"Crossing the White Gravel River"

Crossing the White Gravel River

After a lunch stop at White Gravel River – a huge campsite that’s great for large groups – we motored on – though motored might not be the best word to describe our pace. The trail in the afternoon was tough – though if the rocks had been dry it would have been a snap. They were slick and slippery. Every step required concentration and careful foot placement. Interestingly the Vibram soles on my leather boots didn’t grip the rock but the rubber on my $15 Crocs did a fantastic job. It’s too bad they didn’t offer the support I needed to backpack in them.

"A great mushroom crop on this log"

A great mushroom crop on this log

"pink mushrooms"

Mushrooms or ??? I’ve never seen a plant like this before

"Slippery walking on granite ridge tops"

Slippery walking on granite ridge tops

About 2 in the afternoon the thunderstorm that had been forecast the day before shook the ground and deluged us with rain. It didn’t stop us but it did make the going even slower. And it managed to soak our boots. I regret that I hadn’t brought some short gaiters with me.

"There are very few red maples around in Pukaskwa NP"

There are very few red maples around in Pukaskwa NP

"Fisherman's Cove - the site of our 2nd campsite"

Fisherman’s Cove – the site of our 2nd campsite

We didn’t rolled into Fisherman’s Cove until 6 pm. It had been a nine hour day and we were all bagged.

Fortunately the rain stopped before we got to camp. We were able to set up tents without getting anything else wet and cook and eat our spaghetti dinner with a view of Lake Superior. I’d schlepped a Nalgene bottle full of red wine – so with a view like we had, a glass of wine, a warm tent and a full stomach, life at the moment seemed pretty good.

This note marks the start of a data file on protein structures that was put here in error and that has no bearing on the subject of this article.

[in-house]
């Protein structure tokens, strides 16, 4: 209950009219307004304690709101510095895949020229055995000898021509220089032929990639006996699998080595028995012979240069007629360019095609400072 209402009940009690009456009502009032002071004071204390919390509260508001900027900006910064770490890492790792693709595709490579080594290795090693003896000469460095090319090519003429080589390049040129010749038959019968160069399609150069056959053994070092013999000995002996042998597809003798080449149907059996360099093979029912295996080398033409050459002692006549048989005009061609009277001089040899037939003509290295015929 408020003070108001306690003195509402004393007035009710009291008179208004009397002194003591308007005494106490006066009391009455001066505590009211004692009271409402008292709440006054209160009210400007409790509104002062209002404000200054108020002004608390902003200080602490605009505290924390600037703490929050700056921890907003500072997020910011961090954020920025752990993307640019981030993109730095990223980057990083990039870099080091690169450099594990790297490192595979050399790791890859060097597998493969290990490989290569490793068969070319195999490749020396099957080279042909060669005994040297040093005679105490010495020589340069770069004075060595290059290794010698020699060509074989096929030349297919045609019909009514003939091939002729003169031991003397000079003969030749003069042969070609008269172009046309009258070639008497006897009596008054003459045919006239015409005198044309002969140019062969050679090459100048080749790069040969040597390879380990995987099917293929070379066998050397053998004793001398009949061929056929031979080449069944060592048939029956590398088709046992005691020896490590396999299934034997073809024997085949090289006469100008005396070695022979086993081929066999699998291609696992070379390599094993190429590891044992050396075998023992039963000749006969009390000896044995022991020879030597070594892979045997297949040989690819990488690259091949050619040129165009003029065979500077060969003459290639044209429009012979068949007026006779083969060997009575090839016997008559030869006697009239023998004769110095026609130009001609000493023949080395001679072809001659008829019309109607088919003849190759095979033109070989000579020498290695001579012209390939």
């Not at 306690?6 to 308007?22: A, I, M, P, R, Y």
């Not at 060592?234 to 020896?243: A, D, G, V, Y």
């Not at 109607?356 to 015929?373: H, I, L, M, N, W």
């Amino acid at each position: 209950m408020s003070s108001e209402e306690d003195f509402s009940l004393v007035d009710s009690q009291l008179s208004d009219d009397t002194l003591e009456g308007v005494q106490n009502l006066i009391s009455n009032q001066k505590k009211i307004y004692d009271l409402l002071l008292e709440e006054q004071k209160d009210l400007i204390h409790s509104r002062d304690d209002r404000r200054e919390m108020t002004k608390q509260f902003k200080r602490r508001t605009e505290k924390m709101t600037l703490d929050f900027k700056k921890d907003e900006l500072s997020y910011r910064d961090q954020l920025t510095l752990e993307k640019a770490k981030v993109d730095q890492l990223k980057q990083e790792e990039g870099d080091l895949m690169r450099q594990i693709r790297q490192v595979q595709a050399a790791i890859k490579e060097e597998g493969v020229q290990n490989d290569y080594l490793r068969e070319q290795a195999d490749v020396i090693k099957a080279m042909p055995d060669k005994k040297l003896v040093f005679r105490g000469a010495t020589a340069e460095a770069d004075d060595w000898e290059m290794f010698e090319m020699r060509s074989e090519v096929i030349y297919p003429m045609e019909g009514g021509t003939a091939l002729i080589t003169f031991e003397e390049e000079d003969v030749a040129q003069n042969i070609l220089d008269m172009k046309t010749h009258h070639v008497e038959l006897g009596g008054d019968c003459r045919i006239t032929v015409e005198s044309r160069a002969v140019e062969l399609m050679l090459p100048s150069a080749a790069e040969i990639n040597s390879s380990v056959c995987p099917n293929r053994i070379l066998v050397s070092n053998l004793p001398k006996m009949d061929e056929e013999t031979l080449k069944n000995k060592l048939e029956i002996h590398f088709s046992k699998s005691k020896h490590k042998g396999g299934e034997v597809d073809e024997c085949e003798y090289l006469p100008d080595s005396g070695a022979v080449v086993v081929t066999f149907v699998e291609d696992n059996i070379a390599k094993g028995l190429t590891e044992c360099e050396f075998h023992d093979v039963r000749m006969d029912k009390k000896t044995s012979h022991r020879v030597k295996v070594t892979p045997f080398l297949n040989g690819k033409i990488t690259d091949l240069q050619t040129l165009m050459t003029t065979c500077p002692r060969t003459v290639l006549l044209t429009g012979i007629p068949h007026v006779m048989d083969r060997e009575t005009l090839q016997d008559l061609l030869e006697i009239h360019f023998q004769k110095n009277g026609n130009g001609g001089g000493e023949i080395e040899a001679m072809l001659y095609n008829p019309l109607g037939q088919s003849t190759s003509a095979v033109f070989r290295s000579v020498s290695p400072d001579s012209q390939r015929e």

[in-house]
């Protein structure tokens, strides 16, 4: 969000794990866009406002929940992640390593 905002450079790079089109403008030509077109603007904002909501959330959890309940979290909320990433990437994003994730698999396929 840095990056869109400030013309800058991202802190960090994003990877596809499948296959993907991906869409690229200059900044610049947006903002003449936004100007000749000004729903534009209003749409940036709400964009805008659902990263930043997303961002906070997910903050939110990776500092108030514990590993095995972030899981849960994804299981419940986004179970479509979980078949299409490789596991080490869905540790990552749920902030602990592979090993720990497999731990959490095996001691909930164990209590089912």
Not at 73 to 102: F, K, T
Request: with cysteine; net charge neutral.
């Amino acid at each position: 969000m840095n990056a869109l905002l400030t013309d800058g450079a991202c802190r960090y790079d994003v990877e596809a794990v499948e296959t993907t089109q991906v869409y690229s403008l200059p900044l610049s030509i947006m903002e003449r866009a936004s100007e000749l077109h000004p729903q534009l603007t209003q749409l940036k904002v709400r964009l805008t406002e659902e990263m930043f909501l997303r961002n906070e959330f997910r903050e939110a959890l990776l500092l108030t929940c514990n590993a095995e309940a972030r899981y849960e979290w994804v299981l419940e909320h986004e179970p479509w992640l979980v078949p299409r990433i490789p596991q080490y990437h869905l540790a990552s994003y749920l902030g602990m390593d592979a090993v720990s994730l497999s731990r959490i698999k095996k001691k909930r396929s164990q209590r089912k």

Little did we know that the next day would be our day from hell – and I thought that had already happened. 

Here are other posts related to the trip you might enjoy.

Leigh McAdam

 

Leigh McAdam is a Calgary based writer, author, photographer and social media enthusiast with over 57,000 followers. Her blog: HikeBikeTravel is frequently cited as one of the top travel and outdoor adventure blogs in Canada.

Author of Discover Canada: 100 Inspiring Outdoor Adventures
Co-author of 125 Nature Hot Spots in Alberta

This Post Has 29 Comments
  1. Indian pipes or ghost plant, Monotropa uniflora, is a non-green plant that grows on the forest floor on mycorrhizal fungi, these last are fungi that grow on tree roots in a mildly parasitic fashion. The indian pipes are not fungi. They pop-up in August in moist woodlands. Some are pinkish.

  2. I’ve never hiked here, but I’d love to. We have some great trails in Western Australia, but Canada looks an amazing place to just get out and put your hiking boots on. My favourite pic today is where you’ve found a picturesque spot to pitch a camp chair! Much needed, I’m sure.